findingexpression

awe, humility, hope and a few other things I might notice


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If we live the question now, someday we may live into the answer.

“Be patient toward all that is unsolved in your heart and try to love the questions themselves, like locked rooms and like books that are now written in a very foreign tongue. Do not now seek the answers, which cannot be given you because you would not be able to live them. And the point is, to live everything. Live the questions now. Perhaps you will then gradually, without noticing it, live along some distant day into the answer.”
Rainer Maria Rilke

I think writing is a process of becoming conscious of the questions. We spend most of our lives running from or trying to answer questions, but sitting with the questions themselves in awareness, hardly. We either tiptoe out of the room looking for something else to distract us or set a laser beam on the more obvious but perhaps least sincere resolution. Meditation is a process of defining the questions, waiting, listening, observing the mind until gracefully the question becomes clear. Or if we have great longing we surrender to our tremendous smallness and we merge with the questions like the low tide exchanging sand and water, water and sand, at once, moving together.

Writing is a meditation on the question, refining it, circling around it if we are clumsy, touching it tenderly if we are calm or frightened, breaking it open if we are bold. What are my questions?

Lately I am facing the question of place, where do we belong?

This is something we have been patient with, waiting for an answer; we have been living with the question. I deal out different answers, sure, but only because social conventions oblige us. We have been diving through the question for more than a year, a clock ticking beside us on the wall and still underwater. Mostly we feel stillness there observing the fish, the rocks, the lake weeds, is there a warm swirl of water there where the sun comes through illuminating the mica in the stones, rose colored quartz and golden sunfish swimming? I admit, sometimes I panicked and kicked upwards to breathe the air and called it all absurd, but I didn’t throw myself back onto the shore. I waited and the question itself became a part of me and I could again feel the peaceful observance. We want to know the answer, of course, but this question will only be answered through small gifts of listening shells, maybe something will wash up on the shore, catch our eye while swimming and the collection will speak the answer with its weight. I think it unlikely that we will find a sunken treasure, but a few rare jewels may suffice.

To be more true to Rilke’s sentiments, by living the question, we may live the answer. In our waiting we have made discoveries, not of jewels but of our hearts own desires, of decisions made by not deciding. We don’t need to be near the door of a Gurdwara Sahib, we have lived this year without it and found enough faith in our four walls to sustain us.  We only found it by waiting. I know that living above the ground has kept me from touching it. I know I can’t live so far above the ground for much longer, I need that first floor door to propel me out where great joy awaits in dark soil and puddles and stemmed and rooted things. In our waiting for Spring, Spring itself will propel me, send me seeking soil. The mud will embed in my fingers and I will become a part of that place. The answers come in the living of it. The compass twitches with our own electromagnetic force.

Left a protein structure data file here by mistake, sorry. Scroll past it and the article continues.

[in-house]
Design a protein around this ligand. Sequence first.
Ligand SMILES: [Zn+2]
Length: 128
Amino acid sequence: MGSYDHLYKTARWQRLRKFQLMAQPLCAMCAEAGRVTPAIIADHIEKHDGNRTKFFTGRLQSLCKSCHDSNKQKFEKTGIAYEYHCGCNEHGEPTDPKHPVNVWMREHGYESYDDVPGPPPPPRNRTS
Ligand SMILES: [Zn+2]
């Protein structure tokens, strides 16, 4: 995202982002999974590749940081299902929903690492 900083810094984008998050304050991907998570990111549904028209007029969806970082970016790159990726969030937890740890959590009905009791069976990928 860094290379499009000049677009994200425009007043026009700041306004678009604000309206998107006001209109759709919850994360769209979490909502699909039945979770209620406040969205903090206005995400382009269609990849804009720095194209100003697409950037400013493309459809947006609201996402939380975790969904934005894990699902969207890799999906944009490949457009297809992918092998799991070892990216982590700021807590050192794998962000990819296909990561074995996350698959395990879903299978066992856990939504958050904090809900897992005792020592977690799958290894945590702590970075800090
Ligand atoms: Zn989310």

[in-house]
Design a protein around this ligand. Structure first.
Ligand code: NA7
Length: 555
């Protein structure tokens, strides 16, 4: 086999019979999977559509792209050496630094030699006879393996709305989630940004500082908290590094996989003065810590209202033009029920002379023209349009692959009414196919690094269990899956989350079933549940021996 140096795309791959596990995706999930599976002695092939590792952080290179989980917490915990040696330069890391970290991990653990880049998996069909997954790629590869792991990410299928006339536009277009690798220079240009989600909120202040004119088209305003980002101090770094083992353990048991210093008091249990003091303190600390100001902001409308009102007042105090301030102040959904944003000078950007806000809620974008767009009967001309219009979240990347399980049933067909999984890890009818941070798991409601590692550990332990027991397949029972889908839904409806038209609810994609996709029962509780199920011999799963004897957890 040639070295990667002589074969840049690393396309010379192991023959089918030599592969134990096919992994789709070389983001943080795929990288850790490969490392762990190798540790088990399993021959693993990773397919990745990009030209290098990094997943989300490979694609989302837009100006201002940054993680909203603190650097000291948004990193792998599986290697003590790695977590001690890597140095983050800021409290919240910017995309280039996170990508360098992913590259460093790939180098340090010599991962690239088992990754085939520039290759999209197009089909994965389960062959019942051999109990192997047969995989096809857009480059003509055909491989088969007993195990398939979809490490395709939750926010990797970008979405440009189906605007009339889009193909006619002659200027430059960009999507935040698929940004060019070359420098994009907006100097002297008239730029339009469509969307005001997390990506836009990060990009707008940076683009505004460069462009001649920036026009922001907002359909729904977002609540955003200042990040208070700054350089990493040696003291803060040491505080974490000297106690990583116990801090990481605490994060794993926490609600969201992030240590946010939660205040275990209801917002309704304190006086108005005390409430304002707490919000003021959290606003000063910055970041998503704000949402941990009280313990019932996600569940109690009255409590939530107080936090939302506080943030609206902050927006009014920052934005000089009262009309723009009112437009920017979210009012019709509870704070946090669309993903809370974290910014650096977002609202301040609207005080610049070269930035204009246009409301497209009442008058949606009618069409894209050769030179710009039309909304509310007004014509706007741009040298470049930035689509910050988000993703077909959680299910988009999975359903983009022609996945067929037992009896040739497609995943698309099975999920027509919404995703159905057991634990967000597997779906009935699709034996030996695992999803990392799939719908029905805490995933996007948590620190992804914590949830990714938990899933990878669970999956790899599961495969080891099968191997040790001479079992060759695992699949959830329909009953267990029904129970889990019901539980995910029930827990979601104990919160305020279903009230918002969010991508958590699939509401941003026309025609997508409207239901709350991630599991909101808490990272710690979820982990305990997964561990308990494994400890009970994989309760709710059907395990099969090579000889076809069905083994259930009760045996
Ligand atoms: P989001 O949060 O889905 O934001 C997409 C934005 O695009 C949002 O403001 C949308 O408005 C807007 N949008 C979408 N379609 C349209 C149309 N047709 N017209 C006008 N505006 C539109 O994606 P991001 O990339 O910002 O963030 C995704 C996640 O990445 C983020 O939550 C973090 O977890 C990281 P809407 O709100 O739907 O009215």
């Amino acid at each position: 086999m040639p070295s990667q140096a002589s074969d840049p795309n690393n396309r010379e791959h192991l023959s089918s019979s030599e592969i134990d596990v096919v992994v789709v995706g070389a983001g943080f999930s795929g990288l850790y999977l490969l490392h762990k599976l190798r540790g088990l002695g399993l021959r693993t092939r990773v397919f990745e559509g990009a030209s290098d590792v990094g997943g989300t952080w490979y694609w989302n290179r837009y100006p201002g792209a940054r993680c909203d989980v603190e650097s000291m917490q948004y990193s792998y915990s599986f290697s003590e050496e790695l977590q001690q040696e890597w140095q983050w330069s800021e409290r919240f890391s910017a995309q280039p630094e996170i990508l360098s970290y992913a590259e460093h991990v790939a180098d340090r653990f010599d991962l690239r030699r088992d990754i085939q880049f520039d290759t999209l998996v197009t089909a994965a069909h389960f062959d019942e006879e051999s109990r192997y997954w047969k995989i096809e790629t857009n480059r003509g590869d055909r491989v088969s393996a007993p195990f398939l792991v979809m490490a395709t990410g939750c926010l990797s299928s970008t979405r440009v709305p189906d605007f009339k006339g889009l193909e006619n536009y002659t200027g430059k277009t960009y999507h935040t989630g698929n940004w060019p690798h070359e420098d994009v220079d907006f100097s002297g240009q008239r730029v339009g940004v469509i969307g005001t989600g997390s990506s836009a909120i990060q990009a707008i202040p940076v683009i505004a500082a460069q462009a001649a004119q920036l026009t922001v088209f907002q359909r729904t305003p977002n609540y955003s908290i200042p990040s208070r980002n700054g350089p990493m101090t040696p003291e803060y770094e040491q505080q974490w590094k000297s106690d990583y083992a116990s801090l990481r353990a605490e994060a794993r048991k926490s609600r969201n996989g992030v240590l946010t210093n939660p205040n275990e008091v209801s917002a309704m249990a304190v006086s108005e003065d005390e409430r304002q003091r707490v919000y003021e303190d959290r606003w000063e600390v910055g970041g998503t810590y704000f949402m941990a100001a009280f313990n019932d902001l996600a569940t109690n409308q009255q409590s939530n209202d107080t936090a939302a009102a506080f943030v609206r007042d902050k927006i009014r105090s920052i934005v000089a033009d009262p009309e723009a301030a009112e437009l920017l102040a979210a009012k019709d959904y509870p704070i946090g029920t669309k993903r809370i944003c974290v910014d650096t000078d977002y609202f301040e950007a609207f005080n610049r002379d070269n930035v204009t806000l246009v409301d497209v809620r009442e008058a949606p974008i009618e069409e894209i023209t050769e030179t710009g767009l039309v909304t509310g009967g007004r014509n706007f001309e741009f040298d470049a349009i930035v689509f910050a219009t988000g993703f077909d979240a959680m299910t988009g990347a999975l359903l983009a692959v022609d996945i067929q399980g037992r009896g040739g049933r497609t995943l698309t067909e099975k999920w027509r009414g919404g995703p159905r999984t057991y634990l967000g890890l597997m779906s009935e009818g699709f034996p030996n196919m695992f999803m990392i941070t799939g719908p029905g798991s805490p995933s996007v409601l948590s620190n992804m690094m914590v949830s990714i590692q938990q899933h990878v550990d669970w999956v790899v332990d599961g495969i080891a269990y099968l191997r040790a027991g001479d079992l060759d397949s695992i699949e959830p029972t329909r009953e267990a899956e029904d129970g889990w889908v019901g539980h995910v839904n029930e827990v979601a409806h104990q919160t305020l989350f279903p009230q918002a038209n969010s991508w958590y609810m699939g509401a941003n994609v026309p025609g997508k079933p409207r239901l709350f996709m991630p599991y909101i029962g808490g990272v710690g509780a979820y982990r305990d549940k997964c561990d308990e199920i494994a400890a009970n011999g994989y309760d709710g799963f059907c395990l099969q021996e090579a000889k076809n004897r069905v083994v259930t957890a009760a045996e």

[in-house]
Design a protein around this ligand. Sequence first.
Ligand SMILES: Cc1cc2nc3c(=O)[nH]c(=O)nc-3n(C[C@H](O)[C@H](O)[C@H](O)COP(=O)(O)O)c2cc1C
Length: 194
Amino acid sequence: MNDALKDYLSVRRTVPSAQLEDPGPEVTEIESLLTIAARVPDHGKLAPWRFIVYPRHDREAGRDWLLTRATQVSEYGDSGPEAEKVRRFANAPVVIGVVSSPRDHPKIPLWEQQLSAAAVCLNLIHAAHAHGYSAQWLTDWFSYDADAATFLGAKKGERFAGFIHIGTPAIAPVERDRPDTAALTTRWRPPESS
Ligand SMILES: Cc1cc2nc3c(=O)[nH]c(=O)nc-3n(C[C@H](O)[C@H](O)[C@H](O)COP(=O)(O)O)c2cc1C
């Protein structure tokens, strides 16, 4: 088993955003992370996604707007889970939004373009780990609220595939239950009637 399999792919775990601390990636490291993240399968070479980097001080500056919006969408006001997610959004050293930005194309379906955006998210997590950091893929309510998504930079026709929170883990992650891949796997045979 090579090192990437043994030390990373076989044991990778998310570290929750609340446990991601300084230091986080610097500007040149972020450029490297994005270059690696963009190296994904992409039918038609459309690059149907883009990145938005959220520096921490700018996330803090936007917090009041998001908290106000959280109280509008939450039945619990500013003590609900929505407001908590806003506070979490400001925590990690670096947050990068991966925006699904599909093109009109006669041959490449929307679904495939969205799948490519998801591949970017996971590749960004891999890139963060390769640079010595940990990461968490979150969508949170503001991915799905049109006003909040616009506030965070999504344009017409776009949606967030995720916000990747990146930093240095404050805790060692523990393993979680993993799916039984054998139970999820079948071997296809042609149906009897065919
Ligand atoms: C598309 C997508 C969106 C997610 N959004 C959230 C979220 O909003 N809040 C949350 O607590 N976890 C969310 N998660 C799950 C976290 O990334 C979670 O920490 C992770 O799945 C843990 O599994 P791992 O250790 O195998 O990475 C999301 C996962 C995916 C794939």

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Longing to belong


Baba Prem Singh Ji, Anandpur Sahib, founder Dera Moyian di Mandi (dead men’s market, referring to our Maya world)
 
I used to think that choosing a monastic life was a way that people like me might escape not only from the world, but also from the pain of love, its loss or its absence. I thought that a commitment could be made, a discipline adopted, or a code agreed to that could fulfill the needs of our heart and provide ample solace because it would organize humanity’s chaos. Since I am a person who wants very little from the world and often as not want to recoil from what many call freedoms but I consider to be confinements I have felt the paradoxical need for some extremes in my life. I wanted to separate from Maya (illusion) and find truth and simplicity. I wanted to surrender to something larger than myself because it seemed only reasonable to observe that this world was crazy. I dreamed about living like the early New England colonists, but my parent’s and aunts quickly disregarded me for being overly romantic about dirt floors and naïve about living without penicillin. My personality could not accept any of the more common extremes like anorexia, drugs, suicide or even living in a cave, because, if for no other reason, they were ends rather than journeys. Also, I was never able to commit to those outermost extremes. I can’t even maintain a fast for more than a few hours. However, I did draw up plans for fasts in my mind and that’s exactly where they stayed, as psychological malnourishment. Then a path chose me by showing me, through the experience of yoga, that renunciation was a tool but without awareness it was an avoidance.

I began to understand my hunger. Through meditation and prayer my hunger grew and it expanded into emptiness and reached towards nothingness. The emptiness obliterated my collected emotional scars and made ridiculous and futile my attempts at deprivation. In the emptiness I realized that all I had was profound longing. That longing was a divine gift and for that gift I felt tremendous gratitude. I began to thrive on the source of that longing; it was love.

It has since become clear to me that not only as an ascetic, a nun, or priest of any persuasion, but as a simple adherent you cannot truly adopt a religious life, a spiritual life, unless you embrace love as a way of life. Disciplines, articles of faith and codes of conduct are guides. A very wise friend told me they are only signposts, don’t confuse the signs with your destination or you may never arrive. In Sikhism and I believe at the core of any faith, when we surrender to God we surrender to our profound longing; we surrender to love in all its wild abundance, its simplicity and its chaos.

With dedication to Baba Diaal Singh Ji, Anandpur Sahib, Dera Moyian di Mandi, who left his body 2/2013.


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post Wisconsin

I want to tell the story of a woman who was dramatically changed by the attack on the Sikh Gurdwara Sahib in Wisconsin this past August. I would like to write the story of an everyday sort of heroine, a woman who ardently worked towards something important after the attack. I know that at first she would follow the news, in shock like many others, deeply saddened in a way that she did not expect. She would publicly contribute kind words of solidarity to the Oak Creek community and maybe travel there to help. She wrote and spoke to her family and shared some of her grief. She sank into her husband’s arms at night and they spoke in soft tones of their pain that once again Sikhs had been targeted.